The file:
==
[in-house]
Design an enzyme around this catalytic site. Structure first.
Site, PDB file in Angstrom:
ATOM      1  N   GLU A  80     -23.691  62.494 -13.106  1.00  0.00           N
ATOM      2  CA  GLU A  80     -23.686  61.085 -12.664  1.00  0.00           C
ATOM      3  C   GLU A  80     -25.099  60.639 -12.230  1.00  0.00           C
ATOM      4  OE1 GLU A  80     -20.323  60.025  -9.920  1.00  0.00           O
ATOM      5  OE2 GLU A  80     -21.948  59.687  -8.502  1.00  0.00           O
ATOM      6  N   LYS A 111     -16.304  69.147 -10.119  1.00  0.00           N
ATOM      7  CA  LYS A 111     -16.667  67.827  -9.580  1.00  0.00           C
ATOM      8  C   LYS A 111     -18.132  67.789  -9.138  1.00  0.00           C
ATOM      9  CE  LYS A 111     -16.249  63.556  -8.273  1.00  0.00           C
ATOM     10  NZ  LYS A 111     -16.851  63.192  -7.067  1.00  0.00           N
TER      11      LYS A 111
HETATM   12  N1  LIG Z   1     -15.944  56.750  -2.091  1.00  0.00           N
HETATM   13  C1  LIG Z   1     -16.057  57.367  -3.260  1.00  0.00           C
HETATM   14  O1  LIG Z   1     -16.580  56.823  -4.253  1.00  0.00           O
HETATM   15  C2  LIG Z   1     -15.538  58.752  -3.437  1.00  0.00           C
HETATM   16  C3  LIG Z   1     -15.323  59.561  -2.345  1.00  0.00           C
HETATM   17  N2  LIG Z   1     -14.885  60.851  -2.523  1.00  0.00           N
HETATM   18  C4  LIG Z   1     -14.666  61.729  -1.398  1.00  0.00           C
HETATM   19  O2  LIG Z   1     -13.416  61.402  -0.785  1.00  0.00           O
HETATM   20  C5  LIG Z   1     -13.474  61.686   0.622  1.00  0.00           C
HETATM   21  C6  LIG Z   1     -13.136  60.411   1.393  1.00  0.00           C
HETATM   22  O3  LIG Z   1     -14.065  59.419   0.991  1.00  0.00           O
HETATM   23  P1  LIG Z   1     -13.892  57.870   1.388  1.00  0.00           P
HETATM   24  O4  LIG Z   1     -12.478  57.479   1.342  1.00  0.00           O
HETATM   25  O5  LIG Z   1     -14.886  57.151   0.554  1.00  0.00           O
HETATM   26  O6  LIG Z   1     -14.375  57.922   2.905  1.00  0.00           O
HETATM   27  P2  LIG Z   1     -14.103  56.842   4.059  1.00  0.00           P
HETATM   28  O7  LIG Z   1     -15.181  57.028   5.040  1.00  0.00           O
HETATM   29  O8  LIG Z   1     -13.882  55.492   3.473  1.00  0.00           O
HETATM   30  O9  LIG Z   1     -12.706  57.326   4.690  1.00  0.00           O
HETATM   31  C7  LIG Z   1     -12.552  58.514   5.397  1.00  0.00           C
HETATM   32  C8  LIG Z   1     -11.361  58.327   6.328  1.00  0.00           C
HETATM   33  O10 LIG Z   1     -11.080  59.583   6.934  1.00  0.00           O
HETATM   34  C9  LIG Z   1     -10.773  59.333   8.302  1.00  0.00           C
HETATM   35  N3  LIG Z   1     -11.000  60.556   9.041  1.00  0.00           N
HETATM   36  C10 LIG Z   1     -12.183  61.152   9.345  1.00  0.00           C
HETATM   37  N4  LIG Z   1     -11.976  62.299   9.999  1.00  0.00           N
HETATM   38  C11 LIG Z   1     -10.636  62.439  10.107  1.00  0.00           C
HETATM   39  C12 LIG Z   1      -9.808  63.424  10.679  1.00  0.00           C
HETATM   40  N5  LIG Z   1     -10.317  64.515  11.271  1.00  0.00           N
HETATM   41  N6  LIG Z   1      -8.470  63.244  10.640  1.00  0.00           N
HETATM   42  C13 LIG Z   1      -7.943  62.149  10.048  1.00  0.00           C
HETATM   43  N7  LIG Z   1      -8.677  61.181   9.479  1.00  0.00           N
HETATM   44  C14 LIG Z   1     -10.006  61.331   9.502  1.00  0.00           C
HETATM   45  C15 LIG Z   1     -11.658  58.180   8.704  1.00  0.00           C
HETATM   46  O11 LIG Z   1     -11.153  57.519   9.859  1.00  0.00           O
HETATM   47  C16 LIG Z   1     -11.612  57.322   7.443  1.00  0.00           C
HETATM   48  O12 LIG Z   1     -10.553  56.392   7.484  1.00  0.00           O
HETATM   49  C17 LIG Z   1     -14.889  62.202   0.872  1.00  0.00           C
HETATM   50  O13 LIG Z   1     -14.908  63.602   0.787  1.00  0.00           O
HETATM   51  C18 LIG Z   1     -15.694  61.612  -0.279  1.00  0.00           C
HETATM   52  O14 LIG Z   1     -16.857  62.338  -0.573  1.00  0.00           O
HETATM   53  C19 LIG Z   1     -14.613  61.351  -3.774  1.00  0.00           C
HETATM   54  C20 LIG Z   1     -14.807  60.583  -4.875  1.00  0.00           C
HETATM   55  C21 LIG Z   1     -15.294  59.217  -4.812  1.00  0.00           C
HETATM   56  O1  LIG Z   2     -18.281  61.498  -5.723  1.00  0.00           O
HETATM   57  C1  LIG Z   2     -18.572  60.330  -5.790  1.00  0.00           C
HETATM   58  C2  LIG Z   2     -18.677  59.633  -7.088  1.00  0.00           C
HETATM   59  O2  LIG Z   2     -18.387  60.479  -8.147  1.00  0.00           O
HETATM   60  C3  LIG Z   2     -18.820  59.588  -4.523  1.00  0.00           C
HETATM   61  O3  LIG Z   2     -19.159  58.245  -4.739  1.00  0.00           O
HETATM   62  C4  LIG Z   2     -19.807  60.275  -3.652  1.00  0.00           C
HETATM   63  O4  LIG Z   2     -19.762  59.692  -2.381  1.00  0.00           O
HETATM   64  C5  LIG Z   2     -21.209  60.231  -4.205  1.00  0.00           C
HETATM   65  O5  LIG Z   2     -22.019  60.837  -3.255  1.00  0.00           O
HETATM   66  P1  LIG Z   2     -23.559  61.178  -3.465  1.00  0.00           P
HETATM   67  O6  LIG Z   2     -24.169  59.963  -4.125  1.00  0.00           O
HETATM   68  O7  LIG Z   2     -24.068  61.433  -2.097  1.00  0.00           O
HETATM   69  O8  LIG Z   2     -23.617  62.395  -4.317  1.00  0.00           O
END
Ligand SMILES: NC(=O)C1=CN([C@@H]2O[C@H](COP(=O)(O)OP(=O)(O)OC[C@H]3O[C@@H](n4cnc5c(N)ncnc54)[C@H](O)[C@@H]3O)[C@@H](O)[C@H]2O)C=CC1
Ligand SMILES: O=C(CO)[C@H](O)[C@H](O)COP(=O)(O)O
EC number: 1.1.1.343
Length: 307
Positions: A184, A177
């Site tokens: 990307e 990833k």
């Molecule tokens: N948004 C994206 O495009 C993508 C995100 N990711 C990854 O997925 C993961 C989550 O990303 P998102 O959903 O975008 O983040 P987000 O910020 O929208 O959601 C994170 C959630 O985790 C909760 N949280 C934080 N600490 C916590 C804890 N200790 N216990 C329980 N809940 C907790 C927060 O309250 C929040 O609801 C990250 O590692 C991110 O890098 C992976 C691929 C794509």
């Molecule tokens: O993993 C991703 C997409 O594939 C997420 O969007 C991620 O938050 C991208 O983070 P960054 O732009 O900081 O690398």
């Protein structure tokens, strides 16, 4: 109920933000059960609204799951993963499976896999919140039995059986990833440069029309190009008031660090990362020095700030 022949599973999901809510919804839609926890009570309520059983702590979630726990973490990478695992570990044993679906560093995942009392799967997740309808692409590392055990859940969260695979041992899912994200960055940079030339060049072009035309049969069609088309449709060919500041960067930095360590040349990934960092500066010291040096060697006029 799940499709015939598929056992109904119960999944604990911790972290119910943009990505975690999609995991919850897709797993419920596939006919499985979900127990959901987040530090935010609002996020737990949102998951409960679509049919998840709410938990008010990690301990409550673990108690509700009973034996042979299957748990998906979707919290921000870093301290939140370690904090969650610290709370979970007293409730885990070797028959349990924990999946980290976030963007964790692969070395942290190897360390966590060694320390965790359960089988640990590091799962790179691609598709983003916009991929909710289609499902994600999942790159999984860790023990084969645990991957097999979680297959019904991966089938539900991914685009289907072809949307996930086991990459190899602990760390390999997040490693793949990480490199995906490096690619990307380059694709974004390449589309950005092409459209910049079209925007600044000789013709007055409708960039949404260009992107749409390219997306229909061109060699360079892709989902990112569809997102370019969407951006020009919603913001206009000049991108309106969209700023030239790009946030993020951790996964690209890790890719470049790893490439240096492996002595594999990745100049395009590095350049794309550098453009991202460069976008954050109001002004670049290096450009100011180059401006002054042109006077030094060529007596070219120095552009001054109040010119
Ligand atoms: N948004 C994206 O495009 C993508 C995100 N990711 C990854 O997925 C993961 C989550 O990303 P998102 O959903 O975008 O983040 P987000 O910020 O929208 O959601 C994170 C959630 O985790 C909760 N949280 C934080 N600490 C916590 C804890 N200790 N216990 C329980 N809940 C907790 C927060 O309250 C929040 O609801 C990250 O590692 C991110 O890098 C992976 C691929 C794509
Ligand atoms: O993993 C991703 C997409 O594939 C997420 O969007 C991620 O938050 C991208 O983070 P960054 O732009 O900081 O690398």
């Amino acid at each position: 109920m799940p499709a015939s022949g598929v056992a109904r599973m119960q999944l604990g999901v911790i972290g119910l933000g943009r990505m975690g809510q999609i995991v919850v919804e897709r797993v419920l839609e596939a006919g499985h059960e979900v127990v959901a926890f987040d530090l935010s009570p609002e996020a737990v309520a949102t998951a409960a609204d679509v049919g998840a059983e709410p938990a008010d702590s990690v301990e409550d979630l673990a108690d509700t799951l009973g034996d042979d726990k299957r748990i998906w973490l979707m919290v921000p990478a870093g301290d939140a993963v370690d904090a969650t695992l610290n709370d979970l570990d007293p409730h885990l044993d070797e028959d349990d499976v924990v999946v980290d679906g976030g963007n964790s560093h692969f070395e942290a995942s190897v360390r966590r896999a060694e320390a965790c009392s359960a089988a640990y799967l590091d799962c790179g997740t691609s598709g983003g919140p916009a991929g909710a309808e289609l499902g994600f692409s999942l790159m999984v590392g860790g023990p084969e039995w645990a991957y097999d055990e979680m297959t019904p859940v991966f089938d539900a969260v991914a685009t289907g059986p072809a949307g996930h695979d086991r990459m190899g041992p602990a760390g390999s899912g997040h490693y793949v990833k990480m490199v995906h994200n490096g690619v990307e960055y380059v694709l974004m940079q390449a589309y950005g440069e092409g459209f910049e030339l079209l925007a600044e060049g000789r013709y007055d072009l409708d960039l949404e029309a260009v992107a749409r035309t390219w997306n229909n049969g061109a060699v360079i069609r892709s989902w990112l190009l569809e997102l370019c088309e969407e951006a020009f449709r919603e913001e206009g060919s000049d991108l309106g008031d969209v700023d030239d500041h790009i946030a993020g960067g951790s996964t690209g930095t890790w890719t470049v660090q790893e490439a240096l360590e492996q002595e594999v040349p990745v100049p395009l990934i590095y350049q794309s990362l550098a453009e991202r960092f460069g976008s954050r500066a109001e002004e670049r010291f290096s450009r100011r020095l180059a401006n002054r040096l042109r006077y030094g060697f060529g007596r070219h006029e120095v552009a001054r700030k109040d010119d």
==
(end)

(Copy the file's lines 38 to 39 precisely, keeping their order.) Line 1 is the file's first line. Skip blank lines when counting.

HETATM   35  N3  LIG Z   1     -11.000  60.556   9.041  1.00  0.00           N
HETATM   36  C10 LIG Z   1     -12.183  61.152   9.345  1.00  0.00           C